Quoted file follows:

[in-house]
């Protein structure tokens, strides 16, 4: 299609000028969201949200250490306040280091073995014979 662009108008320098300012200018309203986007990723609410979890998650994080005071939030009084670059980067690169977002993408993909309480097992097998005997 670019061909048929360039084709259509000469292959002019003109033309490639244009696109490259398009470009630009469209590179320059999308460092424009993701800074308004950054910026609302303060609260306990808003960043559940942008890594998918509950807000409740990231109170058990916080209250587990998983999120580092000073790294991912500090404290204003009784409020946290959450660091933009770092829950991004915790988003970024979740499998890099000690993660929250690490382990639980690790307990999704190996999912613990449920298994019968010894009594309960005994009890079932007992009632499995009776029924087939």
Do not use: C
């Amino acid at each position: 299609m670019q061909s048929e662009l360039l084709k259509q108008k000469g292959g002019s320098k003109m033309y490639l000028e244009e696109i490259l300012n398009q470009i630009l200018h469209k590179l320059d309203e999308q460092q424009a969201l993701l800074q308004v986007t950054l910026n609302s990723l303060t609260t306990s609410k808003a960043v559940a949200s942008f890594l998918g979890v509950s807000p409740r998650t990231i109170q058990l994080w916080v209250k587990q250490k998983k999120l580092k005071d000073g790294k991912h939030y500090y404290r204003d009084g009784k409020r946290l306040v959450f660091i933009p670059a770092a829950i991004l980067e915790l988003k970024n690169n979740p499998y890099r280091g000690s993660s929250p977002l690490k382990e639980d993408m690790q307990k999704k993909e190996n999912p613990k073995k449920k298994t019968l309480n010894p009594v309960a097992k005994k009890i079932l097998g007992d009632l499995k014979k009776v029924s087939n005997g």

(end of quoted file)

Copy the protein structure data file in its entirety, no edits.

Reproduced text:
[in-house]
């Protein structure tokens, strides 16, 4: 299609000028969201949200250490306040280091073995014979 662009108008320098300012200018309203986007990723609410979890998650994080005071939030009084670059980067690169977002993408993909309480097992097998005997 670019061909048929360039084709259509000469292959002019003109033309490639244009696109490259398009470009630009469209590179320059999308460092424009993701800074308004950054910026609302303060609260306990808003960043559940942008890594998918509950807000409740990231109170058990916080209250587990998983999120580092000073790294991912500090404290204003009784409020946290959450660091933009770092829950991004915790988003970024979740499998890099000690993660929250690490382990639980690790307990999704190996999912613990449920298994019968010894009594309960005994009890079932007992009632499995009776029924087939």
Do not use: C
């Amino acid at each position: 299609m670019q061909s048929e662009l360039l084709k259509q108008k000469g292959g002019s320098k003109m033309y490639l000028e244009e696109i490259l300012n398009q470009i630009l200018h469209k590179l320059d309203e999308q460092q424009a969201l993701l800074q308004v986007t950054l910026n609302s990723l303060t609260t306990s609410k808003a960043v559940a949200s942008f890594l998918g979890v509950s807000p409740r998650t990231i109170q058990l994080w916080v209250k587990q250490k998983k999120l580092k005071d000073g790294k991912h939030y500090y404290r204003d009084g009784k409020r946290l306040v959450f660091i933009p670059a770092a829950i991004l980067e915790l988003k970024n690169n979740p499998y890099r280091g000690s993660s929250p977002l690490k382990e639980d993408m690790q307990k999704k993909e190996n999912p613990k073995k449920k298994t019968l309480n010894p009594v309960a097992k005994k009890i079932l097998g007992d009632l499995k014979k009776v029924s087939n005997g």